cross-pollination

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cross-pollination

[¦krȯs ‚pä·lə‚nā·shən]
(botany)
Transfer of pollen from the anthers of one plant to the stigmata of another plant.
McGraw-Hill Dictionary of Scientific & Technical Terms, 6E, Copyright © 2003 by The McGraw-Hill Companies, Inc.
References in periodicals archive ?
Because the tomato pollen source is so close to where it needs to be for pollination, tomatoes rarely cross-pollinate. Even though tomatoes self-pollinate for the most part, if you plan to save the seed, it's best to separate varieties by at least 20 feet.
"Finance has become a place where business strategy, process and information combine and cross-pollinate," Booz Allen says.
But critics worry that GM plants may bring new types of food allergies, cross-pollinate with other plants with disastrous results, or harm wildlife.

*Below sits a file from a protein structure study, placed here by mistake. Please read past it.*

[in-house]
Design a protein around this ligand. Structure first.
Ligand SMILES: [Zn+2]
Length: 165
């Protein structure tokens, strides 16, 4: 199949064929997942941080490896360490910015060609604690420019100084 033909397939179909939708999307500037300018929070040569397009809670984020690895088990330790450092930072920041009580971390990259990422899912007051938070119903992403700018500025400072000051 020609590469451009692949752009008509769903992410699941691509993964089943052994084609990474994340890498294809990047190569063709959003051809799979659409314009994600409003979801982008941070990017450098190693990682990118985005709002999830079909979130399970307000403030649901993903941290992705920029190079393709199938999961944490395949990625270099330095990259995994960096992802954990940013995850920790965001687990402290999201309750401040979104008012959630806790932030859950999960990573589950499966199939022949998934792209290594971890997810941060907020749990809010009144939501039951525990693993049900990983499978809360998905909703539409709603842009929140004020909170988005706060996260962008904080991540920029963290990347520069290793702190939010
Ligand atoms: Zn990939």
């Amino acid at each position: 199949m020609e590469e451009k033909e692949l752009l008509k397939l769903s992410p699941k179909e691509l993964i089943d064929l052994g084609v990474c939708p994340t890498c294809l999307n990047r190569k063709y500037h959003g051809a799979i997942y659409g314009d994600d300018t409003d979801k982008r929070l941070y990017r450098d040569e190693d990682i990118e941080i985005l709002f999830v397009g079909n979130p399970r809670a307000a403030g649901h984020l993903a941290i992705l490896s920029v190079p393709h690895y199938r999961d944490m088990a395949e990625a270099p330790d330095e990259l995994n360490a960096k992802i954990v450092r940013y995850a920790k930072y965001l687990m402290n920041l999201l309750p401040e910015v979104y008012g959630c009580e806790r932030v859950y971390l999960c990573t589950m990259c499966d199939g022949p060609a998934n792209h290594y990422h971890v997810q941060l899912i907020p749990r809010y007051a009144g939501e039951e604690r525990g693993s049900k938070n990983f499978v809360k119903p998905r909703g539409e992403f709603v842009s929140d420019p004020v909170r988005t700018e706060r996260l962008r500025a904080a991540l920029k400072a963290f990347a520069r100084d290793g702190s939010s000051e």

Early Assyrian farmers would cross-pollinate plants by hand.
What if hepatitis B vaccine bananas (like the StarLink corn story) cross-pollinate or get mixed in with natural bananas?
"Monsanto admitted at my trial," Schmeiser said, in an interview with Acres U.S.A., "that they knew [their seed] would cross-pollinate or contaminate.
What about the issue of "genetic drift," the notion that GM crops will cross-pollinate with adjacent "wild" equivalents, thereby erasing crucial crop diversity?
Women are like bees: they cross-pollinate and share information."
Ask for compatible ones so they flower at the same time and insects can cross-pollinate them.
Tsunoda, who recently gave AI a tour of Honda's Motegi museum in Japan, notes that Honda doesn't cross-pollinate bike and car engineers the way it used to.
-- An effort to cross-pollinate the school supplies category with aromatherapy has yielded a line of highlighters that alternately promise to keep readers alert, soothe stressed minds and energize the senses.
Mexican environmental groups have raised concerns that the Bt corn will cross-pollinate with Mexican corn, which could endanger the integrity of more than 300 Mexican corn varieties.